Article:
POLITICS

Paul Broun On 'Sex-Changes': 'I Don't Want To Pay' For Those, 'I Like Being A Boy'

04/08/2013 11:49 am ET | Updated Apr 08, 2013

Rep. Paul Broun (R-Ga.) took his opposition to President Barack Obama's health care law to his constituents last week, blasting certain aspects of the overhaul at a town hall meeting. Amid a broader critique of Obamacare, Broun explained he opposes health insurance covering sex-change or hair-transplant procedures because he personally likes "being a boy," the Barrow County News reports.

"I don't want to pay for a sex-change operation," Broun told town hall attendees, presumably referring to a proposal, scrapped by the Obama administration late last month, that would have allowed gender confirmation surgeries to be covered under Medicare and Medicaid. "I'm not interested. I like being a boy."

In his comments, Broun, a candidate for U.S. Senate, echoed a tone recently used by outgoing Sen. Saxby Chambliss (R-Ga.), the man he is seeking to replace, to explain his opposition to gay marriage.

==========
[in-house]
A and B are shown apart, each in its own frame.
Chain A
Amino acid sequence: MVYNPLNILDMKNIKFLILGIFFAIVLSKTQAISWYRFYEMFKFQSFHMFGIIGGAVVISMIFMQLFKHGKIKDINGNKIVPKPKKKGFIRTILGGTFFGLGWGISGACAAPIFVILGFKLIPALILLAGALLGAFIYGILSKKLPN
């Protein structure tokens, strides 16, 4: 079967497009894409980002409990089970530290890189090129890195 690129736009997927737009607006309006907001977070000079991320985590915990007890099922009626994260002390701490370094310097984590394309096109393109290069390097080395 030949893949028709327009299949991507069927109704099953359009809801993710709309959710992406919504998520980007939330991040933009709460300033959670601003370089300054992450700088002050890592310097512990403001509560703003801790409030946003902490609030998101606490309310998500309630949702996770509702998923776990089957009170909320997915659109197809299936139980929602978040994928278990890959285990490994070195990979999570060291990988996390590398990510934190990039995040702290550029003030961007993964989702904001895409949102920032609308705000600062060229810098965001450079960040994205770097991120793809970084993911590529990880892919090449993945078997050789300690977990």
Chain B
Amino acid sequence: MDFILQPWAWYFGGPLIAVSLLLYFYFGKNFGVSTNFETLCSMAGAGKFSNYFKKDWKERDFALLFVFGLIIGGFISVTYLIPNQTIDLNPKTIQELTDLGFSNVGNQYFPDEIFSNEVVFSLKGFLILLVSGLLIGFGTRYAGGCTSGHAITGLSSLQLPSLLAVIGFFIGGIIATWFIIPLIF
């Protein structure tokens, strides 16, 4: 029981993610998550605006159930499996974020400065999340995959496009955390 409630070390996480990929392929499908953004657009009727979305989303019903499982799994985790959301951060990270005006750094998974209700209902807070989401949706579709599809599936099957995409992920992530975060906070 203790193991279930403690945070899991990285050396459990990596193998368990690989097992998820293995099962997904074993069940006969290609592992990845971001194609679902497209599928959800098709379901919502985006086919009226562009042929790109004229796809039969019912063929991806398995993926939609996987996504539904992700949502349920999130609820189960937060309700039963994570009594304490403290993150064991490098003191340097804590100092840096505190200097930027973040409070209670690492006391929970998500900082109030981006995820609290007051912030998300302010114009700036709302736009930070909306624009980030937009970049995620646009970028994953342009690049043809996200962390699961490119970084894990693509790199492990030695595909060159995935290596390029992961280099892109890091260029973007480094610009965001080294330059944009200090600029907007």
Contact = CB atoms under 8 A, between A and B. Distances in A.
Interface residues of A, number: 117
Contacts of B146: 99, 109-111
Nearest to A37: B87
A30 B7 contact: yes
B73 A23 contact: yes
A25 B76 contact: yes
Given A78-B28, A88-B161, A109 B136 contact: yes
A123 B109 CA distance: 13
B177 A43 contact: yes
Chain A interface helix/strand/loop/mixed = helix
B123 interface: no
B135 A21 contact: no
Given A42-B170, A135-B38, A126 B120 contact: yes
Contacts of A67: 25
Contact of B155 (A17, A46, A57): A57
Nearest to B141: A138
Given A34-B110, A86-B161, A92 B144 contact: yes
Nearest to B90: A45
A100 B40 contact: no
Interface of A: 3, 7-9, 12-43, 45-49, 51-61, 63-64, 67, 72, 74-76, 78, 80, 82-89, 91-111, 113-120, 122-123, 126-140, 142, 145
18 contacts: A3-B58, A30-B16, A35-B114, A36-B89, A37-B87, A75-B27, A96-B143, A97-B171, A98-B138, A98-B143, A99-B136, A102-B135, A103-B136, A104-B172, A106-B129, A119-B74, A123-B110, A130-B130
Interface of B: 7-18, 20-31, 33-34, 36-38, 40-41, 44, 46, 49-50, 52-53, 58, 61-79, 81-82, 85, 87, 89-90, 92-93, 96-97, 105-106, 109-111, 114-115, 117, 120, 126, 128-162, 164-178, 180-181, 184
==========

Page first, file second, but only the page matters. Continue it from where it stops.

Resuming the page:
"I’m not gay. So I’m not going to marry one," Chambliss told Politico.

Broun's quick dismissal of topics such as gender identity isn't particularly surprising. Broun has maintained steadfast opposition to gay marriage and LGBT rights. In 2009, he introduced a constitutional amendment to ban gay marriage.

And Broun has made a name for himself with controversial quotes and stances on a variety of other issues. Earlier this year he took pride in his self-proclaimed status as the first congressman to call Obama a "socialist." Last year, Broun, a member of the House Committee on Science, Space, and Technology, drew nationwide scrutiny after referring to scientific principles such as evolution and the big bang theory as "lies straight from the pit of hell." He was later reappointed to the committee.

Broun's brand of rigid conservatism and occasional over-the-top commentary has reportedly caused problems for Republican leadership as he and other Georgia Republicans -- such as Rep. Phil Gingrey -- jockey for early position in the state's GOP Senate primary.

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